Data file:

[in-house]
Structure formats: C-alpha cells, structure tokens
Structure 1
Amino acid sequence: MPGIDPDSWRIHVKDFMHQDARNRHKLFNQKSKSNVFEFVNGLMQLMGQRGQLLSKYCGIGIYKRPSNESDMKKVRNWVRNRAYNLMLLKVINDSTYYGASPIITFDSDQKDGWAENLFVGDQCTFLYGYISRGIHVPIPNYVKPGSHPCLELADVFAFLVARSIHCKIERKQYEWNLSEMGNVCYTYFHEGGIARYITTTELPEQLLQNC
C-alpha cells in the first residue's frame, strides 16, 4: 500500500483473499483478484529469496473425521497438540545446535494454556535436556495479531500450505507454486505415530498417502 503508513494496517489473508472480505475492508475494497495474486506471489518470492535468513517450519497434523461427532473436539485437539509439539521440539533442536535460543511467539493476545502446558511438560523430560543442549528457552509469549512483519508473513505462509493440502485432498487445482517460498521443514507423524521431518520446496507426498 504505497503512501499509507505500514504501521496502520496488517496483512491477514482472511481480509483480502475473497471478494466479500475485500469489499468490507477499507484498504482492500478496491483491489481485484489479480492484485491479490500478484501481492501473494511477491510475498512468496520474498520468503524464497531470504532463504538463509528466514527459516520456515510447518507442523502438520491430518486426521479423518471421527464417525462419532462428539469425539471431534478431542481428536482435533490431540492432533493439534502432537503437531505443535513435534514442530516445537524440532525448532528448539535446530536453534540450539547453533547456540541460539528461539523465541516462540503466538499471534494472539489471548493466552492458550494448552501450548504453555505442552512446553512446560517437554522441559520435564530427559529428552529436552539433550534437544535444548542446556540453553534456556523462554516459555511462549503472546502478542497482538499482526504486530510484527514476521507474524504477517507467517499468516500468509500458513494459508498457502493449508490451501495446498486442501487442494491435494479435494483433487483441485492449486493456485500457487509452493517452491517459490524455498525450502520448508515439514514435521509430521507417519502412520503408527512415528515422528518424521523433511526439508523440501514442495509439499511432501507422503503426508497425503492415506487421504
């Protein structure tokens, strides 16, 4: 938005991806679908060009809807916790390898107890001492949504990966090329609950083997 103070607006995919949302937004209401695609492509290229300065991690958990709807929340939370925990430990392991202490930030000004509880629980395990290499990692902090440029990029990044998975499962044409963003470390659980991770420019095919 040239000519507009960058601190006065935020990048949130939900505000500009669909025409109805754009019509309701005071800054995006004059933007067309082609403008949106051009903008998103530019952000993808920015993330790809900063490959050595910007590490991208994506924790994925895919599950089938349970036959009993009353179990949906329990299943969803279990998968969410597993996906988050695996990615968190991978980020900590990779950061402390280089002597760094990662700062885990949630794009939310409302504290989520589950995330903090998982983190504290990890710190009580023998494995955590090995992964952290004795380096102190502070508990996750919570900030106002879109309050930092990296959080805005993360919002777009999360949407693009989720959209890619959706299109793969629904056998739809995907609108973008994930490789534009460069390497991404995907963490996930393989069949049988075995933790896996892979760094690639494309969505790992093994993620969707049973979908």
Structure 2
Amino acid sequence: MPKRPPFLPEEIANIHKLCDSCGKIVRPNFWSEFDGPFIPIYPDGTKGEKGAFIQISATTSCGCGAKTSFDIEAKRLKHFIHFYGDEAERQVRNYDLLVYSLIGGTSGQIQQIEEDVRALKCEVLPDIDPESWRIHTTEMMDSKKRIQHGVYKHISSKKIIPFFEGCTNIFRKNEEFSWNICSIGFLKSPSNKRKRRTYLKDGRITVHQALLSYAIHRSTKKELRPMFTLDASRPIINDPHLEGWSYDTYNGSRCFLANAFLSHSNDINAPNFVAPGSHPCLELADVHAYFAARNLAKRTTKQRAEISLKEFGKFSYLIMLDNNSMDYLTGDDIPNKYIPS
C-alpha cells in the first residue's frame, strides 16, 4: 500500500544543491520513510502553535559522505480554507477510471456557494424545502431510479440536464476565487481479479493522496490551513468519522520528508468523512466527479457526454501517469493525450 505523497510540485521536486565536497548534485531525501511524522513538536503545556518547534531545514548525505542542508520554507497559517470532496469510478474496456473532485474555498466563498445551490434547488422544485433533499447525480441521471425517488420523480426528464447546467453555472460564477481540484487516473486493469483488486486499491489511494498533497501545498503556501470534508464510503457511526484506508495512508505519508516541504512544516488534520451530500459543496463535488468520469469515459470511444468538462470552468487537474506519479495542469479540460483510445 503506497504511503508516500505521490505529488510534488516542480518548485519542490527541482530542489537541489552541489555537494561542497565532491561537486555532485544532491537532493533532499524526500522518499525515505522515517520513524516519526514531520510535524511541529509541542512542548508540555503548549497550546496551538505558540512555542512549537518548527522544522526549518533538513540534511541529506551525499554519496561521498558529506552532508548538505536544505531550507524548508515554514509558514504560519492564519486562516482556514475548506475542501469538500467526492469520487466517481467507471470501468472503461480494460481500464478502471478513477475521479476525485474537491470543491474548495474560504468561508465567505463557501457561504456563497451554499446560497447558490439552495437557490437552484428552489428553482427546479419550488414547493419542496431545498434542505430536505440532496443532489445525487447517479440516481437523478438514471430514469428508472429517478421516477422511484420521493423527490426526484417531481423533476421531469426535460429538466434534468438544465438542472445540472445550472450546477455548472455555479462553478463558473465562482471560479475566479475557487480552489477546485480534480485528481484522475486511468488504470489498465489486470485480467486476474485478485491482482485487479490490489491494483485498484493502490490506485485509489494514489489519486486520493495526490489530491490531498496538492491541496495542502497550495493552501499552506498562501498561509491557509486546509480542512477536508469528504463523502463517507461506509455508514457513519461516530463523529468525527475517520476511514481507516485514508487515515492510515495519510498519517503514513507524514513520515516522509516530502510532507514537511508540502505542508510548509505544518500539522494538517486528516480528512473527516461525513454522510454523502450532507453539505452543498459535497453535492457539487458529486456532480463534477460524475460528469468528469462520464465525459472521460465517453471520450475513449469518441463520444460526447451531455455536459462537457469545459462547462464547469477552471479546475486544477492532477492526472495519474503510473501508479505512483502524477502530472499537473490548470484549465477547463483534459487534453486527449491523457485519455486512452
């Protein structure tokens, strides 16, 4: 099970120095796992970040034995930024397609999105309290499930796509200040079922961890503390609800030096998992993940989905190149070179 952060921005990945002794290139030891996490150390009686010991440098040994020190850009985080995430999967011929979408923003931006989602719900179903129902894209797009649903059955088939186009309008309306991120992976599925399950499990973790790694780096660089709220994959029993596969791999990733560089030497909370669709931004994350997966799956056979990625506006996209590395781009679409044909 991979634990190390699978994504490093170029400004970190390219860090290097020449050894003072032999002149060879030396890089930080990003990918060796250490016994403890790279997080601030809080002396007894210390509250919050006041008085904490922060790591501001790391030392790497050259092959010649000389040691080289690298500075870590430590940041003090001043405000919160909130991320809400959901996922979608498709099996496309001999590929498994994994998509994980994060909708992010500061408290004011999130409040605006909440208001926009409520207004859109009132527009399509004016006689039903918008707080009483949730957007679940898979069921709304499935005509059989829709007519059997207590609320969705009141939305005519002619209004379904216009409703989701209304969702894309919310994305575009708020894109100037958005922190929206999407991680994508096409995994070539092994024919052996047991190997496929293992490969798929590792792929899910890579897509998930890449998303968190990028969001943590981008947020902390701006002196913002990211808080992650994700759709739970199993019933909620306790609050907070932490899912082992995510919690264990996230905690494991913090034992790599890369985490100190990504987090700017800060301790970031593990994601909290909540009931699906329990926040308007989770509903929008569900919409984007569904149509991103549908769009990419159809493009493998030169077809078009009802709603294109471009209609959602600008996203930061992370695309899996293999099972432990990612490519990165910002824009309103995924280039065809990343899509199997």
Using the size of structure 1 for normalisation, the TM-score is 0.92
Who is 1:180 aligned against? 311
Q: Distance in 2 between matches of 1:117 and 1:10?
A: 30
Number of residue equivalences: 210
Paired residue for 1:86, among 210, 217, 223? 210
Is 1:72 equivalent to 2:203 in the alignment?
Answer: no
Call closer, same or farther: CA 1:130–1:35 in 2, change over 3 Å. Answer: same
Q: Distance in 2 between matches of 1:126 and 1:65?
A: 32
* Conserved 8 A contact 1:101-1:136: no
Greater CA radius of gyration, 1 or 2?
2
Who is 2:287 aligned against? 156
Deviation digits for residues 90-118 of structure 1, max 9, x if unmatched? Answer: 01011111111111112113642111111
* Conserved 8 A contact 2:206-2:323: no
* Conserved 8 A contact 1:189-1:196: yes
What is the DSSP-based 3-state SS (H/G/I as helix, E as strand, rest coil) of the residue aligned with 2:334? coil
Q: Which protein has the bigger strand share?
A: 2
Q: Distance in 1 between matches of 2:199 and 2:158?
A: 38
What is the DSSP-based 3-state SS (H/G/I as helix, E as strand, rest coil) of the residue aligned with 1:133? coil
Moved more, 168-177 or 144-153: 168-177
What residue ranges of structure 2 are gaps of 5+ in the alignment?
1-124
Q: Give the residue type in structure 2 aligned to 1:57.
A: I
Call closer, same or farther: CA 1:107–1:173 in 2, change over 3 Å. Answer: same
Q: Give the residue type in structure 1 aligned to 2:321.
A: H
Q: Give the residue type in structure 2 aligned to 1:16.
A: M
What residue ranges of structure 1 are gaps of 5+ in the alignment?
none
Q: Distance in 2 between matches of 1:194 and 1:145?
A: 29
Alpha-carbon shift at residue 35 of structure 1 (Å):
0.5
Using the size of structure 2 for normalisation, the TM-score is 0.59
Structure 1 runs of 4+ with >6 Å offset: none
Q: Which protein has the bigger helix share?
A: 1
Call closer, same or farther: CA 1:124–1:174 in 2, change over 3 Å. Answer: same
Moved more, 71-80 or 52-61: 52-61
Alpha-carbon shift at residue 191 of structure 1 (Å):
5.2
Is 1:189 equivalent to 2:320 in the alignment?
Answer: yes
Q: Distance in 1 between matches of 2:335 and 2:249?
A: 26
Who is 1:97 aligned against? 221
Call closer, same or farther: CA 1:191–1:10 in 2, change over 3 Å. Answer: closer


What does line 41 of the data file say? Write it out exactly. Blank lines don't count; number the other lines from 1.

Q: Give the residue type in structure 1 aligned to 2:321.